How Your Brain Changes as You Age
Everyone knows about the physical side-effects of aging. Your joints may start to ache, your muscles can become weaker, and suddenly the shelf you used to reach with no problem is just a hair out of reach. But what sort of neurological changes come with aging?
Cognitive Function and the Frontal Cortex
As we age, our brains begin to shrink. This decrease in volume is most prominent in the frontal cortex, which is the gray matter in our anterior part of the frontal lobe which plays a huge role in how humans regulate emotions, behavior, and complete complex thoughts. According to an article published in the Postgraduate Medical Journal, “It has been widely found that the volume of the brain and/or its weight declines with age at a rate of around 5% per decade after age 40 with the actual rate of decline possibly increasing with age particularly over age 70,”. The decrease in volume of our frontal cortex and the surrounding area contributes to our loss of cognitive function as we age.
Memory and the Hippocampus
When it comes to memory, there are four categories that broadly encompass all different kinds of memories: episodic, sedimentary, procedural, and working memory. Episodic memory, which can be described as recalling your twenty-first birthday party, tends to decline from middle age and on. While this is true for the process of normal aging, this can also be a significant characteristic of Alzheimer’s disease. On the other hand, however, procedural memory (such as recalling how to tie your shoe) tends to remain intact as we age.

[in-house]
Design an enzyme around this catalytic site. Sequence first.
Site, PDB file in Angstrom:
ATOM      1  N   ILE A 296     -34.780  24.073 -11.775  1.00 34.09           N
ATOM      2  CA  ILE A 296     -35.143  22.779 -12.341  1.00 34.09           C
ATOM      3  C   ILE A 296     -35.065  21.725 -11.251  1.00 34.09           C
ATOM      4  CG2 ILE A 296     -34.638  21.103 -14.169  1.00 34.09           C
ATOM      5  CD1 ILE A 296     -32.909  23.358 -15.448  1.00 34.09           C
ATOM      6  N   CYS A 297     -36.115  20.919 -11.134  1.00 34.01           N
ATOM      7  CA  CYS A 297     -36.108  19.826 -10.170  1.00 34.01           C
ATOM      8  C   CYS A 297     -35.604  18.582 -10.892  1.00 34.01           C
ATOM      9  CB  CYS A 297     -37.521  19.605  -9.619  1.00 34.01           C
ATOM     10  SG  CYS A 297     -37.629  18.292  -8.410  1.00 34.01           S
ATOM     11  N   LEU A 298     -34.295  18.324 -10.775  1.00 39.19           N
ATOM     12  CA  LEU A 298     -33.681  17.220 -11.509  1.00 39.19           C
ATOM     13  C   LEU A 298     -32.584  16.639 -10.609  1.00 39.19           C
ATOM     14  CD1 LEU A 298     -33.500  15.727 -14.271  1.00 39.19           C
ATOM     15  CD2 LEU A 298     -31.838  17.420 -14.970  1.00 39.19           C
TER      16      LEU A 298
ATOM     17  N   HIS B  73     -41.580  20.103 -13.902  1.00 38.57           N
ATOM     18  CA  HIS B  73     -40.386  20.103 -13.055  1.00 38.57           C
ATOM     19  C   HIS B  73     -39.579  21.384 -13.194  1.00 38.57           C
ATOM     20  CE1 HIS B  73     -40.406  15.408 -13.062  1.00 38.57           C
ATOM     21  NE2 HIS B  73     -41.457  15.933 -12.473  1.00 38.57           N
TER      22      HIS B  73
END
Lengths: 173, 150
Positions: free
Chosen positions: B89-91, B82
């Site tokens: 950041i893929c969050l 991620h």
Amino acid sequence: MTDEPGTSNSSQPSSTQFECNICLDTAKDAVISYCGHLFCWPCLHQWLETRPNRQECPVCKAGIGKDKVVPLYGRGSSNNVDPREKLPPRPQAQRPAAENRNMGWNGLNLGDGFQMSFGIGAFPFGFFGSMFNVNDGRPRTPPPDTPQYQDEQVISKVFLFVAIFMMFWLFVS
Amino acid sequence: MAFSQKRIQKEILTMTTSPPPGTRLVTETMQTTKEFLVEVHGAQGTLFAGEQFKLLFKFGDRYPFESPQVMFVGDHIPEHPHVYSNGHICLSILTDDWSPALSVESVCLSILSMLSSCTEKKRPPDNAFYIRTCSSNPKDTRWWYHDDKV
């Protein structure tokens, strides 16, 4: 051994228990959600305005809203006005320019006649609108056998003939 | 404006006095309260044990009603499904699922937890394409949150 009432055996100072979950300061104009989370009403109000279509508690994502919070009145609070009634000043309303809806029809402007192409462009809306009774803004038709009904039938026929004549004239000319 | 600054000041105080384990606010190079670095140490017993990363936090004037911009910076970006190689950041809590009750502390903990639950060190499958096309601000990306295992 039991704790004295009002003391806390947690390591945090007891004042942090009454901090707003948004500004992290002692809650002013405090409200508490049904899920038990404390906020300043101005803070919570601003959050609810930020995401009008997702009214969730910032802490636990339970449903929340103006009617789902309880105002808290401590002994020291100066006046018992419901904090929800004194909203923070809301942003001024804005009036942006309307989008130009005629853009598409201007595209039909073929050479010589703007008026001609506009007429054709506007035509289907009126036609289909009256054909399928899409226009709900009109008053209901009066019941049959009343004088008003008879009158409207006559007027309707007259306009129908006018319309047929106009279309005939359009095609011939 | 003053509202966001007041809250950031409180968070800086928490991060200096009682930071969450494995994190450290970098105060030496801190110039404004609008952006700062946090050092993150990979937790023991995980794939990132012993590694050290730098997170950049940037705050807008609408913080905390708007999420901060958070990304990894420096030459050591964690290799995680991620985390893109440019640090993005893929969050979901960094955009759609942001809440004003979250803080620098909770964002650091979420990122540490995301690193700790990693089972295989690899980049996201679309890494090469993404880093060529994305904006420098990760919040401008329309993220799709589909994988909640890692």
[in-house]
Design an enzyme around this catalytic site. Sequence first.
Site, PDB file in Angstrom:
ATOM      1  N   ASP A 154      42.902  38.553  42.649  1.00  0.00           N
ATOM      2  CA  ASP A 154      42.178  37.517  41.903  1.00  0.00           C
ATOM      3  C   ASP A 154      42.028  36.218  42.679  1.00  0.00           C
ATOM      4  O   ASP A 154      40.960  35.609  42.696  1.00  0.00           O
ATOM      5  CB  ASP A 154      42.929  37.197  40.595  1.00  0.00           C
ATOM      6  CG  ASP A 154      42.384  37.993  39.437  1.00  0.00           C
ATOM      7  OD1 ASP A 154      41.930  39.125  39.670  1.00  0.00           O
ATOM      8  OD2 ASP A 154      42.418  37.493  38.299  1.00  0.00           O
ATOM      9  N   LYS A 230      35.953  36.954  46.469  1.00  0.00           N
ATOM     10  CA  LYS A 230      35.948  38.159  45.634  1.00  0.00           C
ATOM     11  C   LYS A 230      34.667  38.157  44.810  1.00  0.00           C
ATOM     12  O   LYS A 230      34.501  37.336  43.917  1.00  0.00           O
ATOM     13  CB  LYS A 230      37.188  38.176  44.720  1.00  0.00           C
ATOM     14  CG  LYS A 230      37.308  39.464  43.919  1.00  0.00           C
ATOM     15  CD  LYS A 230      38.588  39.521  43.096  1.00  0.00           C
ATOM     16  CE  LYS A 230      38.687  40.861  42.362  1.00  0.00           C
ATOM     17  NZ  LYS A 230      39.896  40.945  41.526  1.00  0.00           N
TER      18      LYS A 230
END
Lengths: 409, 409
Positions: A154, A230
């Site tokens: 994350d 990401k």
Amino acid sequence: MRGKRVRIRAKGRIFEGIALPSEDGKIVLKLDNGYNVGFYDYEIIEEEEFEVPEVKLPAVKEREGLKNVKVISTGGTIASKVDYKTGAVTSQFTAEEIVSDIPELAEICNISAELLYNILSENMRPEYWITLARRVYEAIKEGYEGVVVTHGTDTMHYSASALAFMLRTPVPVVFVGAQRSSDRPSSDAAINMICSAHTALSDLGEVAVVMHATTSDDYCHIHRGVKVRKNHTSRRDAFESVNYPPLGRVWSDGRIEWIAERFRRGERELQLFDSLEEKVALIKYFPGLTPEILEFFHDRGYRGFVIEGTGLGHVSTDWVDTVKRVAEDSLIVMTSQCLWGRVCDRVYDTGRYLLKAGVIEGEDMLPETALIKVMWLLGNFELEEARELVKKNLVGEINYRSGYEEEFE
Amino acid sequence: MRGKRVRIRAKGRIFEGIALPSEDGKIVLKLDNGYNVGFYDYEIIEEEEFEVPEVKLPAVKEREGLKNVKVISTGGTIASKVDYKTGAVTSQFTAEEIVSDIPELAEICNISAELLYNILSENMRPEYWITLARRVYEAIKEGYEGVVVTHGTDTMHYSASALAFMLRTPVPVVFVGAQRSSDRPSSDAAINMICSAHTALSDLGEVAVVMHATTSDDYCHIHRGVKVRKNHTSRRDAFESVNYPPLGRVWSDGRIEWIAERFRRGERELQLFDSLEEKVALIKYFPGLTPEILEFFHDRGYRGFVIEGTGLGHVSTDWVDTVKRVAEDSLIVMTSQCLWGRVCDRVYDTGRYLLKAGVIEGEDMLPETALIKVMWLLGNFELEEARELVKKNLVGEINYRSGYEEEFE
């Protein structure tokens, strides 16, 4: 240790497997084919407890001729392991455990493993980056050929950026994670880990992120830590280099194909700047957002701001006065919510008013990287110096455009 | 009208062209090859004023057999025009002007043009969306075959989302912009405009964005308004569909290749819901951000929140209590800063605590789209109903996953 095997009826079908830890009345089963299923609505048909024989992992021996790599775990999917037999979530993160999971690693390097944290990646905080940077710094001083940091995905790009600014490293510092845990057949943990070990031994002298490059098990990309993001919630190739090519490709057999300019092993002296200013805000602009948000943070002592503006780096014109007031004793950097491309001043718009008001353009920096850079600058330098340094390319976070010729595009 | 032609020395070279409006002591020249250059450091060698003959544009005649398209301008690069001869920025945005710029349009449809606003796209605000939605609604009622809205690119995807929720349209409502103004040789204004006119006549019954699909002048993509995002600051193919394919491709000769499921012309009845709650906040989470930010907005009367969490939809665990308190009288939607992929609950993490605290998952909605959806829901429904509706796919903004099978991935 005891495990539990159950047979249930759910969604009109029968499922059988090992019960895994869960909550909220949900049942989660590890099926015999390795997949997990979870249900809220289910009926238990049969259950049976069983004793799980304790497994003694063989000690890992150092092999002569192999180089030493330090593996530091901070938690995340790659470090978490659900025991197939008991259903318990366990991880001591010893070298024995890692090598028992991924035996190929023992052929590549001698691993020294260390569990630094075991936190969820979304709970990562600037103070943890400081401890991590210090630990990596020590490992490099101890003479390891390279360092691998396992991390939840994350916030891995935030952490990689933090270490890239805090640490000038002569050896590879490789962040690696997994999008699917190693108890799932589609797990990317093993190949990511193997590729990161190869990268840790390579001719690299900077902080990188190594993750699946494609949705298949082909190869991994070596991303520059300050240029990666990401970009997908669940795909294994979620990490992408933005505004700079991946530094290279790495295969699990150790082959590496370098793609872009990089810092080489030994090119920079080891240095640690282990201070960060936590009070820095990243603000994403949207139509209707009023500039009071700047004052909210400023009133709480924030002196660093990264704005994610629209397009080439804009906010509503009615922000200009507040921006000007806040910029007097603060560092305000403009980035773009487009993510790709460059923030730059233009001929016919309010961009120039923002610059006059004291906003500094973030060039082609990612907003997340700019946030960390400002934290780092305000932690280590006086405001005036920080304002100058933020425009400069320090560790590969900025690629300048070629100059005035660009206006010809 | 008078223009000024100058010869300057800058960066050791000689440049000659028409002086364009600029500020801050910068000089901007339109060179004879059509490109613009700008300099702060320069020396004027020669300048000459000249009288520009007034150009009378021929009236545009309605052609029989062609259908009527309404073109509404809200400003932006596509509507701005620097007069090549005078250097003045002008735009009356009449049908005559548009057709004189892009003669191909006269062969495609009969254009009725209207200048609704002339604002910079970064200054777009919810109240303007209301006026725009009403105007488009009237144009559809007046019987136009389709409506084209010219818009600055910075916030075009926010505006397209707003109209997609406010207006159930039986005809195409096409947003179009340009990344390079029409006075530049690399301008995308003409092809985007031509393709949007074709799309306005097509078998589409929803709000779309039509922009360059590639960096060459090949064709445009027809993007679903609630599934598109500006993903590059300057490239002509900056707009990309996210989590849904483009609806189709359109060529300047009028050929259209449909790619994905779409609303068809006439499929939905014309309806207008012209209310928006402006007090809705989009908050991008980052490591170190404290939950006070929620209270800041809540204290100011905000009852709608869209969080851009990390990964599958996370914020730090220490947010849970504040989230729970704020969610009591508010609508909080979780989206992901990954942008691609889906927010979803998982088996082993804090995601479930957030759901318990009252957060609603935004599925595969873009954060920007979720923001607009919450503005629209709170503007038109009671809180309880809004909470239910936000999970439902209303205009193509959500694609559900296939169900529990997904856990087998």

As we age, our hippocampus also begins to atrophy. The hippocampus, as defined by a study published in the Neuroscience and Biobehavioral Reviews, is “a brain region known to play an important role in learning and memory consolidation as well as in affective behaviors and mood regulation, and where both functional and structural plasticity (e.g., neurogenesis) occur well into adulthood,”. The decreased volume of our hippocampus can lead to the decline of many cognitive functions related to memory including episodic memory, working memory, processing speed, and executive function. The shrinking of the hippocampus, which is crucial in allowing us to create new memories, is another characteristic of Alzheimer’s disease.
Neuron Changes Affect Us, Too
On an even smaller scale, the individual neurons in our brains can affect us as we age. As we age, our neurons shrink and the myelin that protects our axons begins to deteriorate. Our brain cells also formless connections to each other, leading to a decline in our ability to learn new things and recall old memories.
When it comes to the neuronal changes in our brain, they can be even more prominent than the structural changes (such as the shrinking of gray matter) that were mentioned before. The prefrontal cortex and hippocampus once again see changes as age, but this time in relation to our dendrites, which are extensions of the cell which send and receive messages from other neurons within our body. The aging-dendrite can shrink and become less complex, resulting in impaired cognitive function.
A Final Note
While there may seem to be many ways in which our brain function begins to decline as we age, there are ways to keep your brain healthy and young for longer. Exercising regularly, quitting smoking, avoiding sugar, minimizing stress, avoiding alcohol and drugs, and getting the appropriate amount of sleep are ways in which you can care for your brain and retain your memory and cognitive function as you age.
It is also important to remember that everyone ages differently and this is true for your brain as well. Be sure to speak with your doctor or another medical professional if you have any concerns about your memory or experience issues with your cognitive function.